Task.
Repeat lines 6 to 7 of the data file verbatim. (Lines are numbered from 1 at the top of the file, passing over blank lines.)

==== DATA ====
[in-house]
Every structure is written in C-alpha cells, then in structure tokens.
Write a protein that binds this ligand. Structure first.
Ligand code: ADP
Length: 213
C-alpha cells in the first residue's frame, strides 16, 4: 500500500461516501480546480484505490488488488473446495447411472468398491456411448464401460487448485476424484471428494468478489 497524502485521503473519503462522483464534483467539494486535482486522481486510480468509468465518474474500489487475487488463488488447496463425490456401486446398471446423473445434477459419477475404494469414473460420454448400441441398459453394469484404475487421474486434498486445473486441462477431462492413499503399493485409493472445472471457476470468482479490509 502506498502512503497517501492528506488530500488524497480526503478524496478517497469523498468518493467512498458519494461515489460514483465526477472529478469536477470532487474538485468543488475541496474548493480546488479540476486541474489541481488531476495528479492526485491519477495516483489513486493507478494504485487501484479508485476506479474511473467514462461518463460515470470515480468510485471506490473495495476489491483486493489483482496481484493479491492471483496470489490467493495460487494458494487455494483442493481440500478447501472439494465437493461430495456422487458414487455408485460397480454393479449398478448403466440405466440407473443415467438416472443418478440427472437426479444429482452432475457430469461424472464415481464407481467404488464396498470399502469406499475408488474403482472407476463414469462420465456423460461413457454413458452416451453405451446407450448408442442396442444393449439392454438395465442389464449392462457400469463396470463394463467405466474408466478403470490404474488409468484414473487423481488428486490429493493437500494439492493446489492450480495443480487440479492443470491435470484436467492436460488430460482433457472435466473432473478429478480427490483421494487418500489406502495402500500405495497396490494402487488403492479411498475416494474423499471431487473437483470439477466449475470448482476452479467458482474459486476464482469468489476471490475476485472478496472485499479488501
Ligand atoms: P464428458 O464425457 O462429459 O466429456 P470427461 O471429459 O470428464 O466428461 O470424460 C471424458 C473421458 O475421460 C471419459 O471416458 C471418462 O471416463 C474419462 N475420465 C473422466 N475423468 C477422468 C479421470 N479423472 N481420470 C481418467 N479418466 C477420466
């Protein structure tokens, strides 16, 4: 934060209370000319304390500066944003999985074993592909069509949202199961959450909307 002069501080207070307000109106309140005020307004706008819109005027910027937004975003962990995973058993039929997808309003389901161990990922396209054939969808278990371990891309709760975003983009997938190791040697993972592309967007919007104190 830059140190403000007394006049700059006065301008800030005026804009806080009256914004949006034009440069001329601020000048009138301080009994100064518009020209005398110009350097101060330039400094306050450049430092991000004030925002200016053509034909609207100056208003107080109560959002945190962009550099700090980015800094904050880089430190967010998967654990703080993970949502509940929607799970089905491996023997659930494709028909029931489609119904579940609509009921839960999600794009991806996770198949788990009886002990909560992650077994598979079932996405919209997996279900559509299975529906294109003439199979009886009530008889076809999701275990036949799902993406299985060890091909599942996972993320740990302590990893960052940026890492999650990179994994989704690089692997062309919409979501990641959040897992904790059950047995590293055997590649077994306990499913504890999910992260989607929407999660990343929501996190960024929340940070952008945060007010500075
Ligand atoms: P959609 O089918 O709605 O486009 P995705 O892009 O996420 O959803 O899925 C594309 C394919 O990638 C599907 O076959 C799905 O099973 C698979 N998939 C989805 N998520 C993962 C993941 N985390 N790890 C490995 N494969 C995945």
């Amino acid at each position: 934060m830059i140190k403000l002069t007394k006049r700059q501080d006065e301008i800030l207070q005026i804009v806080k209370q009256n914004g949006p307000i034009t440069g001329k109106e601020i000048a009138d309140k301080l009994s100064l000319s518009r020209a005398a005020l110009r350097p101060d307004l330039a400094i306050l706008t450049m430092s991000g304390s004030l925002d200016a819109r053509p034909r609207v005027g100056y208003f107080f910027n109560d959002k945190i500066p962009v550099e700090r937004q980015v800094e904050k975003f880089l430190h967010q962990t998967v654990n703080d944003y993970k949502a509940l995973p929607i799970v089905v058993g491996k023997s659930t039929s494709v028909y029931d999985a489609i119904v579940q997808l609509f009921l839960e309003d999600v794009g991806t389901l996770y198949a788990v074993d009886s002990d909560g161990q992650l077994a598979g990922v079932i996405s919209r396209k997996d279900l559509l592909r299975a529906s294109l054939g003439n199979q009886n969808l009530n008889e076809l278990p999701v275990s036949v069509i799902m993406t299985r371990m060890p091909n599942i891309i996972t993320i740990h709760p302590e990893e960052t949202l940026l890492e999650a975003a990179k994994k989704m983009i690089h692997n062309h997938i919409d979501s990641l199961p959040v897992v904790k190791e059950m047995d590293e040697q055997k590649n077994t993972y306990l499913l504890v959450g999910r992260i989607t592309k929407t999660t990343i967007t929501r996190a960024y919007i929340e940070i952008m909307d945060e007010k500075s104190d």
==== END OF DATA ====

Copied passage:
C-alpha cells in the first residue's frame, strides 16, 4: 500500500461516501480546480484505490488488488473446495447411472468398491456411448464401460487448485476424484471428494468478489 497524502485521503473519503462522483464534483467539494486535482486522481486510480468509468465518474474500489487475487488463488488447496463425490456401486446398471446423473445434477459419477475404494469414473460420454448400441441398459453394469484404475487421474486434498486445473486441462477431462492413499503399493485409493472445472471457476470468482479490509 502506498502512503497517501492528506488530500488524497480526503478524496478517497469523498468518493467512498458519494461515489460514483465526477472529478469536477470532487474538485468543488475541496474548493480546488479540476486541474489541481488531476495528479492526485491519477495516483489513486493507478494504485487501484479508485476506479474511473467514462461518463460515470470515480468510485471506490473495495476489491483486493489483482496481484493479491492471483496470489490467493495460487494458494487455494483442493481440500478447501472439494465437493461430495456422487458414487455408485460397480454393479449398478448403466440405466440407473443415467438416472443418478440427472437426479444429482452432475457430469461424472464415481464407481467404488464396498470399502469406499475408488474403482472407476463414469462420465456423460461413457454413458452416451453405451446407450448408442442396442444393449439392454438395465442389464449392462457400469463396470463394463467405466474408466478403470490404474488409468484414473487423481488428486490429493493437500494439492493446489492450480495443480487440479492443470491435470484436467492436460488430460482433457472435466473432473478429478480427490483421494487418500489406502495402500500405495497396490494402487488403492479411498475416494474423499471431487473437483470439477466449475470448482476452479467458482474459486476464482469468489476471490475476485472478496472485499479488501
Ligand atoms: P464428458 O464425457 O462429459 O466429456 P470427461 O471429459 O470428464 O466428461 O470424460 C471424458 C473421458 O475421460 C471419459 O471416458 C471418462 O471416463 C474419462 N475420465 C473422466 N475423468 C477422468 C479421470 N479423472 N481420470 C481418467 N479418466 C477420466